Republican presidential debate: The GOP field is much less wacky than expected.

The thinking behind the news.
June 14 2011 11:22 AM

Going Sane

The Republican presidential field is much less wacky than expected.

Mitt Romney and Ron Paul from the GOP debate. Click image to expand.
Mitt Romney and Ron Paul at the GOP debate on Monday

Just a few weeks ago, Barack Obama's re-election bid was beginning to look like an easy downhill jog. The daring raid that the president ordered delivered Osama bin Laden to the bottom of the Indian Ocean. Economic prospects looked brighter. Perhaps most helpfully, the Republican Party seemed to be indulging some kind of collective death wish, putting Donald Trump first in the polls and Rep. Paul Ryan's budget-cutting at the top of its legislative agenda. The GOP's early presidential skirmishing took place in a land of conservative make-believe, where tax cuts grow on trees and President Obama can be described as any sort of alien—foreign-born, Muslim, collectivist—that one chooses.

Jacob  Weisberg Jacob Weisberg

Jacob Weisberg is chairman and editor-in-chief of The Slate Group and author of The Bush Tragedy. Follow him on Twitter.

Obama's spring peak came at the White House Correspondents' Dinner in late April, when he jovially deflated Trump, while the Navy Seals were en route to Abbottabad. But since then, the political weather has turned less favorable. Unemployment rose to a politically treacherous 9.1 percent, while the Dow fell nearly 1,000 points from its peak. The odds of a serious economic aftershock to the Great Recession have risen. Most alarming, the Republican Party appears gradually to be going sane.

The GOP presidential field, while hardly dominated by political giants, appears far less outlandish than one might have predicted. At the first Republican debate in New Hampshire on Monday night, the seven candidates competed not for evangelical or libertarian favor, but for the status of someone plausible to compete with the president for swing voters.

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Here are some of the things that did not happen in the debate. No one called Obama a socialist. No one gave ambiguous encouragement to the "birther" faction. While all of the candidates oppose gay marriage, no one bashed homosexuals. With the exception of the marginal former Pennsylvania Sen. Rick Santorum, no one directly endorsed the Ryan Plan. Two months ago, every Republican in the House backed this plan; now, no one wants to talk about it.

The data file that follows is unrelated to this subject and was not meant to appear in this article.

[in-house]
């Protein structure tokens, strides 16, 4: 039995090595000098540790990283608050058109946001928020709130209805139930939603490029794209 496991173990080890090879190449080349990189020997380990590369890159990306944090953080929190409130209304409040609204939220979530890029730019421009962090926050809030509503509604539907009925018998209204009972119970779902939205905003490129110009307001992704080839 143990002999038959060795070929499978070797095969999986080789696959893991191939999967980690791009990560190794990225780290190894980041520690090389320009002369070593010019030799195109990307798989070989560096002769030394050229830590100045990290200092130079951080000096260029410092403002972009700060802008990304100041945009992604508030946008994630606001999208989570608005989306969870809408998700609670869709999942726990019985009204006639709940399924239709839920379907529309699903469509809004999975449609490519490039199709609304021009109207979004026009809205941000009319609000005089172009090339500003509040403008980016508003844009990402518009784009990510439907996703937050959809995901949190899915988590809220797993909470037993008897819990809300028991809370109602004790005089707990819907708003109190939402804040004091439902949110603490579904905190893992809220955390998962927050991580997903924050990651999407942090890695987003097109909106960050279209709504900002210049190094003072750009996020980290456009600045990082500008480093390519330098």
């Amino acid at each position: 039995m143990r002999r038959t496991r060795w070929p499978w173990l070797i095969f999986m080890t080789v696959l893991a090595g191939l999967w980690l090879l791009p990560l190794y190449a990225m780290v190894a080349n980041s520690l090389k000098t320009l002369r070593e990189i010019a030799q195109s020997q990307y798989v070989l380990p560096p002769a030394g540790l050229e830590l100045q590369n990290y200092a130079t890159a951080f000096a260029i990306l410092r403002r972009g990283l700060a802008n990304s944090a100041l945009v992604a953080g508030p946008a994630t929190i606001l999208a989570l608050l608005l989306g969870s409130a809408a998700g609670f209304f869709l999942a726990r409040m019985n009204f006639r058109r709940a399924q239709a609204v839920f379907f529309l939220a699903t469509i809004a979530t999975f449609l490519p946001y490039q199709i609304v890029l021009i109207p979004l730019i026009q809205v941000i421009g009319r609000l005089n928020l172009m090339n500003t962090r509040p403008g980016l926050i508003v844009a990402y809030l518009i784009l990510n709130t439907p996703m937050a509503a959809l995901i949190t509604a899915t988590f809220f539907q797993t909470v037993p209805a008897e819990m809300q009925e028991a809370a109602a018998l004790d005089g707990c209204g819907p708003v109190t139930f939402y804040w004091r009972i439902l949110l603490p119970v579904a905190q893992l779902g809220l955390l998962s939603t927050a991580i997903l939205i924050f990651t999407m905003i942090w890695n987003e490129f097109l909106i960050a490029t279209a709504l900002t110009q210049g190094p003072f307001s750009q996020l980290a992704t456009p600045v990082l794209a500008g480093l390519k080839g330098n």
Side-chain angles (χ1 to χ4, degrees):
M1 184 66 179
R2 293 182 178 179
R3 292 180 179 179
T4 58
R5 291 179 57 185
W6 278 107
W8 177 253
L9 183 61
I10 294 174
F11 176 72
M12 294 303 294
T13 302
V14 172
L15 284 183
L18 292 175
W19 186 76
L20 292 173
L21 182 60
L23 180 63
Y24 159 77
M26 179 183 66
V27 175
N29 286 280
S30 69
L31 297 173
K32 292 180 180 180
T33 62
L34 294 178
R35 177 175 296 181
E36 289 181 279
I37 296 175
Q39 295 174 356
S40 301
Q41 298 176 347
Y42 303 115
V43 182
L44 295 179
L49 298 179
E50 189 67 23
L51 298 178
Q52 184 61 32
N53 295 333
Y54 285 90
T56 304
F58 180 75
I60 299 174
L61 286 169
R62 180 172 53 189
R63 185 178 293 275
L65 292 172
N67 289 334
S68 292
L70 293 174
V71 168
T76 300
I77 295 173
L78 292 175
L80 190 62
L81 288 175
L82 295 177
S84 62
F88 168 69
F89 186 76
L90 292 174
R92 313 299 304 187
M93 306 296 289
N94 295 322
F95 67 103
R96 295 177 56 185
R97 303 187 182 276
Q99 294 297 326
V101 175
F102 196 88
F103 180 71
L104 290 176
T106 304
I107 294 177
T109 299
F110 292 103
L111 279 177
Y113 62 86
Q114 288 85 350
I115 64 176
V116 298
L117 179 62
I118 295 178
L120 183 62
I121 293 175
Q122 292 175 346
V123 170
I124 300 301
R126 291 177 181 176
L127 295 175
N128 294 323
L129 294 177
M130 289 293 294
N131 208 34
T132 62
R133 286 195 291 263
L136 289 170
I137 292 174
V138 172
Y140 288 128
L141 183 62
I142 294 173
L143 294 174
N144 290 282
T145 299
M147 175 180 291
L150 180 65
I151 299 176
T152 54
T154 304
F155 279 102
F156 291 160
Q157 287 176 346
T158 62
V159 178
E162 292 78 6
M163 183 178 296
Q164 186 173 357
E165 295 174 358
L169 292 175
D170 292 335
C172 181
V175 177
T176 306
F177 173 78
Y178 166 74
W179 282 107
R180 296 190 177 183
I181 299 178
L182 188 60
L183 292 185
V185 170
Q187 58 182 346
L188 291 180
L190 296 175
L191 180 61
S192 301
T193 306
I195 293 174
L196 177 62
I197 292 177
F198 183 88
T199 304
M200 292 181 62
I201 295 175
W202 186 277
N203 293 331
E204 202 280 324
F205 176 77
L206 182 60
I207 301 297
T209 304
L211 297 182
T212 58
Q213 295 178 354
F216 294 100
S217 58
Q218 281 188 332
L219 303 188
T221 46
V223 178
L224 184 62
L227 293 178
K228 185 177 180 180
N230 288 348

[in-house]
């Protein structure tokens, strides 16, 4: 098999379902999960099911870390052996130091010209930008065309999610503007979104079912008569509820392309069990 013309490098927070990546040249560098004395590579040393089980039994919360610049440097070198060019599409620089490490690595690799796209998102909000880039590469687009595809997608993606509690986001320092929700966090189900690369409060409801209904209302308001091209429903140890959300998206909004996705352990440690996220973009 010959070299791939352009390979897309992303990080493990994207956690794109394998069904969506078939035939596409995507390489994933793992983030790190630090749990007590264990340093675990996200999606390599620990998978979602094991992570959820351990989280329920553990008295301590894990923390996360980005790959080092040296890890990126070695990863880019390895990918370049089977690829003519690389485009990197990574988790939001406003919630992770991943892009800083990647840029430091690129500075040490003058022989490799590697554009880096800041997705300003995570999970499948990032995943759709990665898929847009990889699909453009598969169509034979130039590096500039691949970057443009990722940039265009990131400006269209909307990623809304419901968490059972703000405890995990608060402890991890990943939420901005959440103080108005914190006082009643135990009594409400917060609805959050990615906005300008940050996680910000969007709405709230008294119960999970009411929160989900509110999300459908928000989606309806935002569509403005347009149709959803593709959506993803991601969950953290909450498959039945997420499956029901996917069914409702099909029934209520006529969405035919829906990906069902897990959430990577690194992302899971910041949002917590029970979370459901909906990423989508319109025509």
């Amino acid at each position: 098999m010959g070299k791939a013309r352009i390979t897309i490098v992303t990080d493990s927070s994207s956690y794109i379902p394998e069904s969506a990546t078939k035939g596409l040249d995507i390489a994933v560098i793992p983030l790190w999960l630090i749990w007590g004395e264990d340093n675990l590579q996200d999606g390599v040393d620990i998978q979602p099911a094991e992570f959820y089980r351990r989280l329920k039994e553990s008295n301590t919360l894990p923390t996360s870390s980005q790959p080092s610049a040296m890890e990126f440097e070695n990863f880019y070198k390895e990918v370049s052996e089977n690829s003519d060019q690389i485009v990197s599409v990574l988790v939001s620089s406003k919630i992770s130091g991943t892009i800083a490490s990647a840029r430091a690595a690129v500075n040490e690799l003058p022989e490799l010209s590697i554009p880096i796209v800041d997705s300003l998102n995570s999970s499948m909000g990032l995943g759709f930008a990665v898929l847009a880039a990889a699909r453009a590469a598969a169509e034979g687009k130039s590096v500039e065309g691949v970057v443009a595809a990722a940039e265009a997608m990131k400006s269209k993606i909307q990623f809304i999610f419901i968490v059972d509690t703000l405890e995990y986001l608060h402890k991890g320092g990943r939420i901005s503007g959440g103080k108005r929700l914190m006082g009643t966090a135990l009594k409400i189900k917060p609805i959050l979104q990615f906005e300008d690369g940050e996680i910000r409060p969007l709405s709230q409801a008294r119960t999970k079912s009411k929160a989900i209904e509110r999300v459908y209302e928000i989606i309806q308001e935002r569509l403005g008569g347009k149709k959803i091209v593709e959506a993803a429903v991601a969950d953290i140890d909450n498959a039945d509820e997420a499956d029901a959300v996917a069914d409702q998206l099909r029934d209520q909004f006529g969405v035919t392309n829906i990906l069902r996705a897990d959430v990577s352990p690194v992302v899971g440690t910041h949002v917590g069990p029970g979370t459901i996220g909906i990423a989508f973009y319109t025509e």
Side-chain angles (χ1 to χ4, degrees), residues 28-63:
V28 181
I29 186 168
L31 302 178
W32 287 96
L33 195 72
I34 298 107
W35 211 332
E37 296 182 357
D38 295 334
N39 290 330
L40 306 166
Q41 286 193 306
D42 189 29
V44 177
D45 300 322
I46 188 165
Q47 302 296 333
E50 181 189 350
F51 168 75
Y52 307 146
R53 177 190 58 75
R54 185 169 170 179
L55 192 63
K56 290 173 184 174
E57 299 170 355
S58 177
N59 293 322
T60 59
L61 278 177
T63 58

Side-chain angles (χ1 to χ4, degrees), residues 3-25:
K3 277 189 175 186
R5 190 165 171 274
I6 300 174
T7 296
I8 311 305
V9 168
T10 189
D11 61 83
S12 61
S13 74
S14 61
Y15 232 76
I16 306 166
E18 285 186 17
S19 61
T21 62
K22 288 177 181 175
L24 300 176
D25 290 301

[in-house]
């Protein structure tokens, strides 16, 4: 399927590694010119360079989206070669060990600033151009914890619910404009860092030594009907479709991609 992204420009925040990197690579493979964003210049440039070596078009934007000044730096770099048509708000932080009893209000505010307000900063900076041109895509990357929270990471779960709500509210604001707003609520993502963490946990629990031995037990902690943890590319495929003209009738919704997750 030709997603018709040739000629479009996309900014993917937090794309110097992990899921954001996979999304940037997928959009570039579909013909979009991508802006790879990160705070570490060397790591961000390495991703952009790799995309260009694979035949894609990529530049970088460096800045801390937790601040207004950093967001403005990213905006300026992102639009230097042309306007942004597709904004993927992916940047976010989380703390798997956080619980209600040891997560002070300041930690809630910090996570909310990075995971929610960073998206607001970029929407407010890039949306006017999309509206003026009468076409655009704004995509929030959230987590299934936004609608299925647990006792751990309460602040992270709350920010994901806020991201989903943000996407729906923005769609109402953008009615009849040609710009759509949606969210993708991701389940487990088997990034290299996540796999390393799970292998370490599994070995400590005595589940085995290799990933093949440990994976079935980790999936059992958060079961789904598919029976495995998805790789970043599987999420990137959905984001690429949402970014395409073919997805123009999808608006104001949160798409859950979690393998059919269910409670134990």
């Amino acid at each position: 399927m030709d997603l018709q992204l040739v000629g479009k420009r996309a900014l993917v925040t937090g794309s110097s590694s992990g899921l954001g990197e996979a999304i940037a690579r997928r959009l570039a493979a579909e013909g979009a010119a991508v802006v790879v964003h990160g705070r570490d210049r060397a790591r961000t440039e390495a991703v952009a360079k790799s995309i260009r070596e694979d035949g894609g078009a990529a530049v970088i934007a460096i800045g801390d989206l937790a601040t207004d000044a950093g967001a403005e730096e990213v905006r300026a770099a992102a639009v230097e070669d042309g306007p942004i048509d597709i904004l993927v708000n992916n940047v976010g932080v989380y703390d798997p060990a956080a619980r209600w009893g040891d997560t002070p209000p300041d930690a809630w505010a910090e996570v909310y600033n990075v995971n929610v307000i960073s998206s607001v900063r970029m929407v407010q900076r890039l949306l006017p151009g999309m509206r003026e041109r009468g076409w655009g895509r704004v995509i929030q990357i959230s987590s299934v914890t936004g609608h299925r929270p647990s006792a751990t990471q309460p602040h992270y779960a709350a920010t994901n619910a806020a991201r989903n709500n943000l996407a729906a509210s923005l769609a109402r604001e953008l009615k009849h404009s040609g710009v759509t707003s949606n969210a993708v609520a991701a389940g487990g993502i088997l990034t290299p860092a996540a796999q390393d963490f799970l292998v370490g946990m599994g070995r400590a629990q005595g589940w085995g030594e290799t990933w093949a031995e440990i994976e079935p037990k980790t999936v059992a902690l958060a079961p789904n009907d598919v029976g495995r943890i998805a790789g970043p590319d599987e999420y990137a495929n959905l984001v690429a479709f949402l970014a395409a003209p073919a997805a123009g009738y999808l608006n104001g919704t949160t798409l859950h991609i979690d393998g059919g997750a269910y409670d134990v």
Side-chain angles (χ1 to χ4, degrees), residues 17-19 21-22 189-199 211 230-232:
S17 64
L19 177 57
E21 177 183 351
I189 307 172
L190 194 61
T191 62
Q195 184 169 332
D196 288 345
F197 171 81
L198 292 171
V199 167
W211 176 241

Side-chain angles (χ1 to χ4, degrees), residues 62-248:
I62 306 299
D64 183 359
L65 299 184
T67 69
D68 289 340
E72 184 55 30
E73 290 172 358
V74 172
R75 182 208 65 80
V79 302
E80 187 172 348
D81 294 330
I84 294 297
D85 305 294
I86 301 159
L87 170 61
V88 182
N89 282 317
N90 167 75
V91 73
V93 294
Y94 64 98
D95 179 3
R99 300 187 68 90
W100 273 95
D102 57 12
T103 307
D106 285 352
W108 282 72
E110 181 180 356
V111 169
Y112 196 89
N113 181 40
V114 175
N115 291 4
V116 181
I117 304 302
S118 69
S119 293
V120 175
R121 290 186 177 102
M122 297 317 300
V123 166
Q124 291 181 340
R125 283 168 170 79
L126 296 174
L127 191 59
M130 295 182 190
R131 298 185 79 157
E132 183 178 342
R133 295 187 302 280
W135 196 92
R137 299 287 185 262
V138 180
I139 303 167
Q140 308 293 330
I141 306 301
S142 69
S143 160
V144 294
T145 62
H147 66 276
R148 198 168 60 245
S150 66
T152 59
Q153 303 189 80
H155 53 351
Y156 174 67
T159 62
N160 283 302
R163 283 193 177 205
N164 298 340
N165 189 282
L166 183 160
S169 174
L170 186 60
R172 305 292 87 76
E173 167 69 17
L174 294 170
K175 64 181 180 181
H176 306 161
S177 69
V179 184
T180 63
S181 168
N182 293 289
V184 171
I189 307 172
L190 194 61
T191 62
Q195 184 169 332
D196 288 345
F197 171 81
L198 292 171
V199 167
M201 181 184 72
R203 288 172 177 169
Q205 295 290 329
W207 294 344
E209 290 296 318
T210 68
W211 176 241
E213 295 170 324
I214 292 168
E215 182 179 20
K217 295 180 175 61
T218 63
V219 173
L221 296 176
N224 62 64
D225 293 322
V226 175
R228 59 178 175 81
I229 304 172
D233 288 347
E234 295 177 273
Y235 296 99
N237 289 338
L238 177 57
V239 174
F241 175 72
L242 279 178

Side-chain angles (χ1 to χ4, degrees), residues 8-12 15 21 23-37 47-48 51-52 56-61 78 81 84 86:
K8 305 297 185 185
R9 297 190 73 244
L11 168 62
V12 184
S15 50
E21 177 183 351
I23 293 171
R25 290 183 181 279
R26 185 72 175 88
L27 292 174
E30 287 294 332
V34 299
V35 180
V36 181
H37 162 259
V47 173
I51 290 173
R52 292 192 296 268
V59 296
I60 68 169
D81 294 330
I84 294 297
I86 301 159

There were cringe-making moments, such as Herman Cain's assertion that sharia law is used in American courts, former House Speaker Newt Gingrich's seeming call for Muslim-Americans to swear loyalty oaths, and former Minnesota Gov. Tim Pawlenty's claim that America's founding documents describe it as a nation "under God" (neither the Declaration of Independence nor the Constitution uses this phrase). But overall, there was little of the usual thunder on the right. Gingrich has returned from the Greek cruise that prompted his staff to mutiny en masse perhaps excessively rested, wondering aloud about the absence of an American encampment on the moon. Even so, the Tea Party and former Alaska Gov. Sarah Palin, touchstones for the populist right, seemed like phenomena from a past era.

It was former Massachusetts Gov. Mitt Romney who held center stage, literally and metaphorically. As critics have alleged, Romney is something of a political weathervane. More precisely, he is a businessman, with an instinct for what product will sell at a given moment. Having evaluated the marketplace, he recognizes the demand for competence rather than ideology. Thus Romney now accuses Obama of failure, rather than leftism. He also does not repudiate his belief that human activity is causing climate change or his support for the legislation that his overhyped rival Pawlenty calls "Obamneycare." Instead Romney takes the coherent (if somewhat silly) federalist position that health-care reform ought to take place at the state level. Gingrich and Pawlenty, no more principled than Romney but with poorer political instincts, have simply boarded a train going in the wrong direction.

In the dynamic glimpsed last night, Romney is now running against Obama, while the other Republicans are running against Romney. The most credible challenge to the Republican front-runner is likely to come not from someone more conservative, but his coreligionist Jon Huntsman, the even more liberal former governor of Utah who is expected to announce his candidacy within the next week. Huntsman, who has in the past supported not only civil unions but Obama's stimulus spending, has expressed his intention to show "civility" not just toward his Republican rivals, but to the Democratic president he recently served as ambassador to China.

Primaries usually pull candidates to the margin, but the GOP is now experiencing a politically healthy course correction. Until recently the most evident forces were indeed pushing them away from the center. We are now seeing an opposite shift, away from then margin and toward the middle. For Obama, this movement, and the outbreak of Republican sanity it signals, is a worrying development indeed.

A version of this column also appears in the Financial Times.

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